Furloughs are a last resort—now and always

Viewers of our recent school board meetings know that the board considered and approved a resolution authorizing the board to furlough employees for economic reasons, as LNP + LancasterOnline reported on Thursday. I want to provide some context on what this does—and does not—mean for our staff.

The Pennsylvania school code requires school boards to approve a resolution like this before it can consider any furloughs. This requirement exists to protect employees from sudden notice of job loss. It does not mean the board has decided to furlough.

As you know, our district is facing a large deficit next year—now projected at more than $12 million due to the COVID-19 emergency and economy’s crash—and the board is reviewing all options. However, in light of the economic picture, the administration is giving the board budgetary options that include no furloughs to any employee and no tax increase for property owners.

In fact, our school directors are so against furloughs at this time, they added the following language to the board resolution:

“The Board of School Directors for the School District of Lancaster wishes to not furlough employees in the 2020-2021 fiscal year. It strongly desires to avoid furloughing any employees, if there is a fiscally-prudent and community-minded way to approve a balanced budget without furloughs. Although it is premature at this point to make any final decision, the Board is hopeful to not furlough any employees in the next school year.”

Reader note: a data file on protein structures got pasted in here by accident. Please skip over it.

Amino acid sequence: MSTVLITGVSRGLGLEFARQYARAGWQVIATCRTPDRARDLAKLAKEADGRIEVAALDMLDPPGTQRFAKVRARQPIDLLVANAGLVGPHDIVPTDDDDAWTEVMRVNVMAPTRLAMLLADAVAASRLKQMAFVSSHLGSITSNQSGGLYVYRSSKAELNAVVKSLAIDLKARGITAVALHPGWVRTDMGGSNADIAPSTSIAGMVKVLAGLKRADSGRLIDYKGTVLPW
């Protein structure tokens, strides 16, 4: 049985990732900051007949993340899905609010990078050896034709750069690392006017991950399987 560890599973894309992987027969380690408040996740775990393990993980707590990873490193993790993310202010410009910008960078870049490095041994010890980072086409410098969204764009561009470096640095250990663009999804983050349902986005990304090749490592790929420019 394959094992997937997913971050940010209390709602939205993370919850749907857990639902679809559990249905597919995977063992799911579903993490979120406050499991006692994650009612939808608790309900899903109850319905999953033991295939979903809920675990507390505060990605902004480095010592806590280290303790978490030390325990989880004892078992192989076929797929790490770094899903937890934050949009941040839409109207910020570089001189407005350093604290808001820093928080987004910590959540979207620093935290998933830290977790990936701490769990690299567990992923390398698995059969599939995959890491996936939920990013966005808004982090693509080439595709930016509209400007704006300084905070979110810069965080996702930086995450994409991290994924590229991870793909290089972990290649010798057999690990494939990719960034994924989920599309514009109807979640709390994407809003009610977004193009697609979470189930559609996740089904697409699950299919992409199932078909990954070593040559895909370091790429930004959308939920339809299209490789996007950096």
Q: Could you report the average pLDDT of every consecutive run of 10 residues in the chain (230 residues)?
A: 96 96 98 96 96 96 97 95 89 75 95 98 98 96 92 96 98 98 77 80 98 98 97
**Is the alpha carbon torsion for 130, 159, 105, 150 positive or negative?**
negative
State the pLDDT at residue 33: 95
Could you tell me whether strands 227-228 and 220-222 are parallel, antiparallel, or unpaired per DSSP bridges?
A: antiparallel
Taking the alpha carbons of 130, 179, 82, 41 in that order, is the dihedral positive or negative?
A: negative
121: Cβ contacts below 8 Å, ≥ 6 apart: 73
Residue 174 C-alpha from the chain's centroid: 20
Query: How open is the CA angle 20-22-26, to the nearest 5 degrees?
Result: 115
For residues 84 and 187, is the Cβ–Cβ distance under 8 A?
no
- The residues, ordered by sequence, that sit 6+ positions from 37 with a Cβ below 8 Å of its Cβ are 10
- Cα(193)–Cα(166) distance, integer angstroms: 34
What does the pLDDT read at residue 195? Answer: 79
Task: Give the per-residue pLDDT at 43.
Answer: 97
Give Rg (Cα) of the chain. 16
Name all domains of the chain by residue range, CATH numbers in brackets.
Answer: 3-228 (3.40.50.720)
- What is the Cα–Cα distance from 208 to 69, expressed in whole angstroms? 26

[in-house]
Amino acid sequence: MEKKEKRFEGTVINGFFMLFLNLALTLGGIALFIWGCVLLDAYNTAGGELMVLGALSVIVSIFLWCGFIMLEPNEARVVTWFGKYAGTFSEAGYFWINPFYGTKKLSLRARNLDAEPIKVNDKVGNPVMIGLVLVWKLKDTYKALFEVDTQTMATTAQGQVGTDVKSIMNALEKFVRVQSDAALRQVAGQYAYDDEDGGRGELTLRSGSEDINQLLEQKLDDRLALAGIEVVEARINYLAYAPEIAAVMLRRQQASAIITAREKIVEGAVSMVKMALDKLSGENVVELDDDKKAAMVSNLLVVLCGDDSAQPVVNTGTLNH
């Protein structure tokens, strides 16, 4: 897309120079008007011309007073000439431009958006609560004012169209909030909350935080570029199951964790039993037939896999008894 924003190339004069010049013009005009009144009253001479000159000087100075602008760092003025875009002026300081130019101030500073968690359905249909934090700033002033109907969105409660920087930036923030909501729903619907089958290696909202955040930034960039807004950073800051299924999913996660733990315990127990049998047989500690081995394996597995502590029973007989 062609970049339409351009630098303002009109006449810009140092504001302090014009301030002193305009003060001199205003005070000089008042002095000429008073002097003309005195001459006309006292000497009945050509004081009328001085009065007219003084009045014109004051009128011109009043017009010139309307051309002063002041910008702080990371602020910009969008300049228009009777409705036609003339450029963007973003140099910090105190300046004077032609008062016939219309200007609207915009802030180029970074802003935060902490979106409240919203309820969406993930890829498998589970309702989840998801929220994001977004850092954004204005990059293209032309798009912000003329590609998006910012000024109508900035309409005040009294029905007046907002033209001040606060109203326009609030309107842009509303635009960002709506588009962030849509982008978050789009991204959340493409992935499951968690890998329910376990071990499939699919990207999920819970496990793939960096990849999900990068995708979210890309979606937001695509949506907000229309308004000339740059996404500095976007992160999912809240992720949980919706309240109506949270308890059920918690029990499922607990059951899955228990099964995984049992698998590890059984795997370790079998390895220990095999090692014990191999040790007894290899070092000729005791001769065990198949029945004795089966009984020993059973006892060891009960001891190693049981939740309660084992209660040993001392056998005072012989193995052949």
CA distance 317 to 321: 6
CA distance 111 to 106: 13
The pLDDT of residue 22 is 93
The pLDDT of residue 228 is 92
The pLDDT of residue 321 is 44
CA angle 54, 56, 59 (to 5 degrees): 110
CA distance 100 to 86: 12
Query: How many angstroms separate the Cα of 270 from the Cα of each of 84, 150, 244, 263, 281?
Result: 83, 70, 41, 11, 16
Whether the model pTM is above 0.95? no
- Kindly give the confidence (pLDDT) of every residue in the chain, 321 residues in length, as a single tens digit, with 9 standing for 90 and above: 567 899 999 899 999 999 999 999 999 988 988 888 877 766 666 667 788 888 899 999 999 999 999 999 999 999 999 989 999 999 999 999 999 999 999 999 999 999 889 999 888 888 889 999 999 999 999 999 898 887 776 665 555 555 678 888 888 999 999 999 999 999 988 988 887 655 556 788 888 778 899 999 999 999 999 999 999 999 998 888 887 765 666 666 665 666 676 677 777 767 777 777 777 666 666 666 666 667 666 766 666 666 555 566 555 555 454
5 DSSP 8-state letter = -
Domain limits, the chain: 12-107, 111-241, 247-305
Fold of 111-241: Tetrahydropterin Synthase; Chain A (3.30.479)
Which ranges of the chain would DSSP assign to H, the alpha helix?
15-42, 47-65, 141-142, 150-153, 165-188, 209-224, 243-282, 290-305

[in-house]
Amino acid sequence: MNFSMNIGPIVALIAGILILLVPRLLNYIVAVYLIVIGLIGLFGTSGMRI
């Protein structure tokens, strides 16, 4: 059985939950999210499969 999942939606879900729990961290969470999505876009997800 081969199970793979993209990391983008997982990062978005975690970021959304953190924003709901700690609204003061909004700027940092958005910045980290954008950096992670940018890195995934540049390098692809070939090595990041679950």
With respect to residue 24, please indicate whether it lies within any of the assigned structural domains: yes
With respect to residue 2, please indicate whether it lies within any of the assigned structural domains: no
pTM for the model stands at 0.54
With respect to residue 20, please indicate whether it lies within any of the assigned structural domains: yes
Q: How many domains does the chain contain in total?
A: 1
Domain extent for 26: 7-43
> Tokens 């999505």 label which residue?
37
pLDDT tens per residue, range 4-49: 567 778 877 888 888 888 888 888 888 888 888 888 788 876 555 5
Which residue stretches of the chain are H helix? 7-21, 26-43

However, our board needs to act prudently. We are no longer projecting an increase in state funding of $1 million as proposed by the governor in February, but we may end up with a cut in state subsidy. (The state is facing a deficit of up to $5 billion.) We do not yet know for sure how much federal stimulus money we will receive—and those will be one-time funds, not recurring revenues.

Passing this resolution simply gives the board an additional option. It does not change the district’s intent to avoid furloughs. LNP’s story is accurate, but emphasis matters.

A larger look at our possible budget adjustments shows that the board has been listening to staff and community feedback from ThoughtExchange. For example, we looked first at reducing administrative positions, we are cutting back on how much we allocate for off-site professional development and reducing consultant expenses.

We remain in regular communication with our association leaders about possible impacts of these adjustments. The board will continue to consider its options before voting on a final budget in June.